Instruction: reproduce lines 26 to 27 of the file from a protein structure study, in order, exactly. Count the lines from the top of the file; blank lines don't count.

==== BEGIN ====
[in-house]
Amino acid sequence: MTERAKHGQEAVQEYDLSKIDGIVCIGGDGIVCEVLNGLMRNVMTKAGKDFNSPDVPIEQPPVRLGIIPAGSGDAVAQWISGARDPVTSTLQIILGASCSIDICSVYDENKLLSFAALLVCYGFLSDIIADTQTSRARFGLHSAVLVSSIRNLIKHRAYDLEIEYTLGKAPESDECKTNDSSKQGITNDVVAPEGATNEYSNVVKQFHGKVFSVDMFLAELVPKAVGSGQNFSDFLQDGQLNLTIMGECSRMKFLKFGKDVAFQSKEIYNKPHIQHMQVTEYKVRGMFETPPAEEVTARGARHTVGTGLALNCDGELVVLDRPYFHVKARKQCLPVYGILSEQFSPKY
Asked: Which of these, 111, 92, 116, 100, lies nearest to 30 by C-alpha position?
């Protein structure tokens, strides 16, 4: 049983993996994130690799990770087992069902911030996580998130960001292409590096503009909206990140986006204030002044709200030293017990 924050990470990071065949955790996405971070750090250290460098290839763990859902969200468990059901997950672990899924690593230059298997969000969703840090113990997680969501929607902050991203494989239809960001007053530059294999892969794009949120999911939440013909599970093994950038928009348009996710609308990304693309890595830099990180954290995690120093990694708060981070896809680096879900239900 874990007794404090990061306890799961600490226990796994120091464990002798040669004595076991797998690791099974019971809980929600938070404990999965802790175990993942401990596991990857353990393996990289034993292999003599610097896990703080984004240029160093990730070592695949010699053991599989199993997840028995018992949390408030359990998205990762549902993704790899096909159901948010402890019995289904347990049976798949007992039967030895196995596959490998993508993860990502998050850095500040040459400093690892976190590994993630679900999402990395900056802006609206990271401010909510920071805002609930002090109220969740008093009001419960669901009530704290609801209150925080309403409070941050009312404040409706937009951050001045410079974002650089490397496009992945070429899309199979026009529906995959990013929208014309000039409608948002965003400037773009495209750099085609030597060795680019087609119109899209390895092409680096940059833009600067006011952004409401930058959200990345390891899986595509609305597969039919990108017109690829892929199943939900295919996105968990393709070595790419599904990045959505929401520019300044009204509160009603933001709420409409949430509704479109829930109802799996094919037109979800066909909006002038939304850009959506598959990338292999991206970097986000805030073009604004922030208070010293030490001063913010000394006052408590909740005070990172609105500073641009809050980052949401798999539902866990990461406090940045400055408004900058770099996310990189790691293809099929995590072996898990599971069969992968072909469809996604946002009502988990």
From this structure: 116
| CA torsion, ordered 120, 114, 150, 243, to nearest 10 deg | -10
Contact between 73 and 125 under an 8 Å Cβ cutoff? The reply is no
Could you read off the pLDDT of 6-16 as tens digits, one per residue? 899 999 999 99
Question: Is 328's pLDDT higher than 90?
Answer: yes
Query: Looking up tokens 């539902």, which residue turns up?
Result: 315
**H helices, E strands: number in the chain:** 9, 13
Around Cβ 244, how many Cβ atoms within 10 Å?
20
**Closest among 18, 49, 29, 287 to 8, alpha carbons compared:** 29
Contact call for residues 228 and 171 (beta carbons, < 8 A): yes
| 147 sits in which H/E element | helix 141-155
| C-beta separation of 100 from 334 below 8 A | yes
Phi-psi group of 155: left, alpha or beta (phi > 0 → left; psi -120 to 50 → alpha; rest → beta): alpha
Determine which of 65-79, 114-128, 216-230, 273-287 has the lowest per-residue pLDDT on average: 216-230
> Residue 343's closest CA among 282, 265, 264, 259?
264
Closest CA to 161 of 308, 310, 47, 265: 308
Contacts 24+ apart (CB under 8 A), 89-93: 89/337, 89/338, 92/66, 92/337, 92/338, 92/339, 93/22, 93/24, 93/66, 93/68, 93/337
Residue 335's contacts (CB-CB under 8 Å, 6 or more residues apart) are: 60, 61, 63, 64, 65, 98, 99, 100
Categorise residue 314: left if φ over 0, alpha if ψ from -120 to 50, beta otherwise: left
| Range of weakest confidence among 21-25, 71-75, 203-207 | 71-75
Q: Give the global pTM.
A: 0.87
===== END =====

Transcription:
Residue 335's contacts (CB-CB under 8 Å, 6 or more residues apart) are: 60, 61, 63, 64, 65, 98, 99, 100
Categorise residue 314: left if φ over 0, alpha if ψ from -120 to 50, beta otherwise: left